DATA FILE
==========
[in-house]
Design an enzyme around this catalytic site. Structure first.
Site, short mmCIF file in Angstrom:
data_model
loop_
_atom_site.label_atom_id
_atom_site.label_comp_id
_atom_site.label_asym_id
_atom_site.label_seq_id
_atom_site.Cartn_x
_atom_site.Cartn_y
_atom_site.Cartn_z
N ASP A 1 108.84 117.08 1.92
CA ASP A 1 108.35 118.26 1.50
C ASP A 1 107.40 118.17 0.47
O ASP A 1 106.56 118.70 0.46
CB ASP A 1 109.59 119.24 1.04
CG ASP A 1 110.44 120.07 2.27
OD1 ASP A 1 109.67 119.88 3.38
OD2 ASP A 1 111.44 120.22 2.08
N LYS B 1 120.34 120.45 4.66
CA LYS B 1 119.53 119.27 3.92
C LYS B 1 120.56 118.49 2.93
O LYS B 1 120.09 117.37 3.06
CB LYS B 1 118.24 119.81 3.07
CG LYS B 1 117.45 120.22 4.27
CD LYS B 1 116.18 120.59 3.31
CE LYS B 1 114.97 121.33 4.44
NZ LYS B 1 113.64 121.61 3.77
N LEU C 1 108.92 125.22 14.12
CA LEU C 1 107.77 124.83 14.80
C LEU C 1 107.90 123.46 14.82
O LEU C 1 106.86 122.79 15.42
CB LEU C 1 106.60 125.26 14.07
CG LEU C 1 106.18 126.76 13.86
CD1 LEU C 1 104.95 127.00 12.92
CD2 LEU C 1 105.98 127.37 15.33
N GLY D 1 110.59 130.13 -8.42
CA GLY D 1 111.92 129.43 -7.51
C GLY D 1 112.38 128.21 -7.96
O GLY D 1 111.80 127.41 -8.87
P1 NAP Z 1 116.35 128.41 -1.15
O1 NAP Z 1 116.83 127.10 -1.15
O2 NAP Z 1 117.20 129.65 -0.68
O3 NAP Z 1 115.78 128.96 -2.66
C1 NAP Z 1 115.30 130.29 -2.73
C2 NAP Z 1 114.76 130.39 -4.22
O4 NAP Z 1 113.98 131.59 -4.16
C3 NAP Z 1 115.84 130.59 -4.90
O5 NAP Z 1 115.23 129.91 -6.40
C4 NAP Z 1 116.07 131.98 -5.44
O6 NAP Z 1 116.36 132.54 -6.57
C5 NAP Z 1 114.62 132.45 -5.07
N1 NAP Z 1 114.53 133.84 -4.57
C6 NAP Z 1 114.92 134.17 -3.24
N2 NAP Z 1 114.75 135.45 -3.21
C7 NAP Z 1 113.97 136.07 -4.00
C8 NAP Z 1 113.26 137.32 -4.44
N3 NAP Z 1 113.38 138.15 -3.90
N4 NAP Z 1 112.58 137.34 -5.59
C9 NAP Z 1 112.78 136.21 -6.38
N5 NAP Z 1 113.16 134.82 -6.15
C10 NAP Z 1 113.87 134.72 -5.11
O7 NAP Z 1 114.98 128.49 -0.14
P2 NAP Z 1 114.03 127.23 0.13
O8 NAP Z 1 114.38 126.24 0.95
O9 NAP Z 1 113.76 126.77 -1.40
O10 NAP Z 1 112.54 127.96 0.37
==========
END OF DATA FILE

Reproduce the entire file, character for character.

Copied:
[in-house]
Design an enzyme around this catalytic site. Structure first.
Site, short mmCIF file in Angstrom:
data_model
loop_
_atom_site.label_atom_id
_atom_site.label_comp_id
_atom_site.label_asym_id
_atom_site.label_seq_id
_atom_site.Cartn_x
_atom_site.Cartn_y
_atom_site.Cartn_z
N ASP A 1 108.84 117.08 1.92
CA ASP A 1 108.35 118.26 1.50
C ASP A 1 107.40 118.17 0.47
O ASP A 1 106.56 118.70 0.46
CB ASP A 1 109.59 119.24 1.04
CG ASP A 1 110.44 120.07 2.27
OD1 ASP A 1 109.67 119.88 3.38
OD2 ASP A 1 111.44 120.22 2.08
N LYS B 1 120.34 120.45 4.66
CA LYS B 1 119.53 119.27 3.92
C LYS B 1 120.56 118.49 2.93
O LYS B 1 120.09 117.37 3.06
CB LYS B 1 118.24 119.81 3.07
CG LYS B 1 117.45 120.22 4.27
CD LYS B 1 116.18 120.59 3.31
CE LYS B 1 114.97 121.33 4.44
NZ LYS B 1 113.64 121.61 3.77
N LEU C 1 108.92 125.22 14.12
CA LEU C 1 107.77 124.83 14.80
C LEU C 1 107.90 123.46 14.82
O LEU C 1 106.86 122.79 15.42
CB LEU C 1 106.60 125.26 14.07
CG LEU C 1 106.18 126.76 13.86
CD1 LEU C 1 104.95 127.00 12.92
CD2 LEU C 1 105.98 127.37 15.33
N GLY D 1 110.59 130.13 -8.42
CA GLY D 1 111.92 129.43 -7.51
C GLY D 1 112.38 128.21 -7.96
O GLY D 1 111.80 127.41 -8.87
P1 NAP Z 1 116.35 128.41 -1.15
O1 NAP Z 1 116.83 127.10 -1.15
O2 NAP Z 1 117.20 129.65 -0.68
O3 NAP Z 1 115.78 128.96 -2.66
C1 NAP Z 1 115.30 130.29 -2.73
C2 NAP Z 1 114.76 130.39 -4.22
O4 NAP Z 1 113.98 131.59 -4.16
C3 NAP Z 1 115.84 130.59 -4.90
O5 NAP Z 1 115.23 129.91 -6.40
C4 NAP Z 1 116.07 131.98 -5.44
O6 NAP Z 1 116.36 132.54 -6.57
C5 NAP Z 1 114.62 132.45 -5.07
N1 NAP Z 1 114.53 133.84 -4.57
C6 NAP Z 1 114.92 134.17 -3.24
N2 NAP Z 1 114.75 135.45 -3.21
C7 NAP Z 1 113.97 136.07 -4.00
C8 NAP Z 1 113.26 137.32 -4.44
N3 NAP Z 1 113.38 138.15 -3.90
N4 NAP Z 1 112.58 137.34 -5.59
C9 NAP Z 1 112.78 136.21 -6.38
N5 NAP Z 1 113.16 134.82 -6.15
C10 NAP Z 1 113.87 134.72 -5.11
O7 NAP Z 1 114.98 128.49 -0.14
P2 NAP Z 1 114.03 127.23 0.13
O8 NAP Z 1 114.38 126.24 0.95
O9 NAP Z 1 113.76 126.77 -1.40
O10 NAP Z 1 112.54 127.96 0.37